OTTAWA – Experts came from as far away as France, the United Kingdom and even New Zealand. Politicians from both the NDP and Liberals were there, as well as academics and policy-makers from across Canada. But Leona Aglukkaq, Canada’s Federal Minister of Health, couldn’t travel the few blocks from Parliament Hill to Ottawa’s National Hotel to participate in a national forum on pharmaceutical policy.
She might have been excused had her schedule not allowed her to come, but her letter to organizer Michael McBane stated “the subject matter of this conference has to do with health care delivery, which is a provincial and territorial responsibility.”
The question is, why is Aglukkaq so blatantly misrepresenting the Federal government’s responsibilities around both health care and pharmaceutical policy?
As we pointed out yesterday, the Federal government is the fifth largest direct provider of health care in Canada. They have a constitutional responsibility for health care to both First Nations and Inuit communities. They also have a responsibility to provide health care to specific groups within society, including veterans, refugees claimants, federal inmates, the Canadian Forces and the RCMP.
Forgetting even all of this, the Federal government also has a very specific role around pharmaceuticals, including approval and labeling of new prescription drugs as well as patent rights. They also regulate prices.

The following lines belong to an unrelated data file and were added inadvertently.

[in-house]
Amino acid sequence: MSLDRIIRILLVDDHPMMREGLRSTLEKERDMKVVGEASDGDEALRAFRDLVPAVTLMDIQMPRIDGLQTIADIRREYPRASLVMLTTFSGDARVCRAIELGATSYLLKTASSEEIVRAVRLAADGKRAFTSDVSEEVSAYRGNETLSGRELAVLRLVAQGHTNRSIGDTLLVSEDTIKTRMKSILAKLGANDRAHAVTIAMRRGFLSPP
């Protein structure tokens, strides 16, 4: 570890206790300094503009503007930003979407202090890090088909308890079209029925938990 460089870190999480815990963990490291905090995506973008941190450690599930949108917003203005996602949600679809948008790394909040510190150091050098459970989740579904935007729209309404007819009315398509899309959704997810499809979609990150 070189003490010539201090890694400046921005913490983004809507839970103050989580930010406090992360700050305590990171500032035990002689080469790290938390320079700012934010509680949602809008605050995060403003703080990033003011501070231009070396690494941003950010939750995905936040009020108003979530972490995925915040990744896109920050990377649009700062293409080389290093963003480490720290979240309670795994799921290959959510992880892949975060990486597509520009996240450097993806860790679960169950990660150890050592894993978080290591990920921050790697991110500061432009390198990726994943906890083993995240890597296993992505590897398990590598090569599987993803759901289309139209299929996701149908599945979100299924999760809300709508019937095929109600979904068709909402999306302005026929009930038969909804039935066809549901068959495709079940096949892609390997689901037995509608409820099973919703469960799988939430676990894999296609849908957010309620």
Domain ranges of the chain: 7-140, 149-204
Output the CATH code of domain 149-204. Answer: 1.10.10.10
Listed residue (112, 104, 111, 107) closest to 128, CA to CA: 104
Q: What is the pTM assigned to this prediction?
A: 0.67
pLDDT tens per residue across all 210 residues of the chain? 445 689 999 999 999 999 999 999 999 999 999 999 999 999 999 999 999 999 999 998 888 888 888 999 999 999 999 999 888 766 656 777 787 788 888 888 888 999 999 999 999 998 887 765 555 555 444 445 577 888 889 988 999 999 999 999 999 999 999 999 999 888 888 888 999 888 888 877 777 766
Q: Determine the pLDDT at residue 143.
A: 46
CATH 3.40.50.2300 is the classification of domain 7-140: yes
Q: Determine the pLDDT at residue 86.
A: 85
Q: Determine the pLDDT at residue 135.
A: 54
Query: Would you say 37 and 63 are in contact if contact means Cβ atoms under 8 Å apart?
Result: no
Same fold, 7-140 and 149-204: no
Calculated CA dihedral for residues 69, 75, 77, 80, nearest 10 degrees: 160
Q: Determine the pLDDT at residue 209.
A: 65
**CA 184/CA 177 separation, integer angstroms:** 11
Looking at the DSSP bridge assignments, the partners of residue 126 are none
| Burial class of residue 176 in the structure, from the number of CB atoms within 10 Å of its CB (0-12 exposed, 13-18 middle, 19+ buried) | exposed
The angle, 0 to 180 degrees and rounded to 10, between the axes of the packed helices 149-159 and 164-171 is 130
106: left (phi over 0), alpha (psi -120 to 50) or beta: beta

There is a sign here on Wellington Street that tells visitors the distance to both war and civilization, a reference to the two major museums. War is closer. Had the conference been about the war on drugs, rather than how to make civilization with a national Pharmacare program, the Feds might have actually been here. While the Federal Minister shows no interest in the savings that could be reaped from a national drug plan, the Federal government has been active in sending support to Mexico to fight the war on drugs.
This is not the first major conference on Pharmacare Aglukkaq has absented herself from. Representatives from industry, patient groups, labour, and even the Conservative-friendly National Citizen’s Coalition were in Vancouver earlier this year to discuss how we could better coordinate a national strategy to provide universal coverage to Canadians for prescription drugs.
Guess she had something else to do that week too.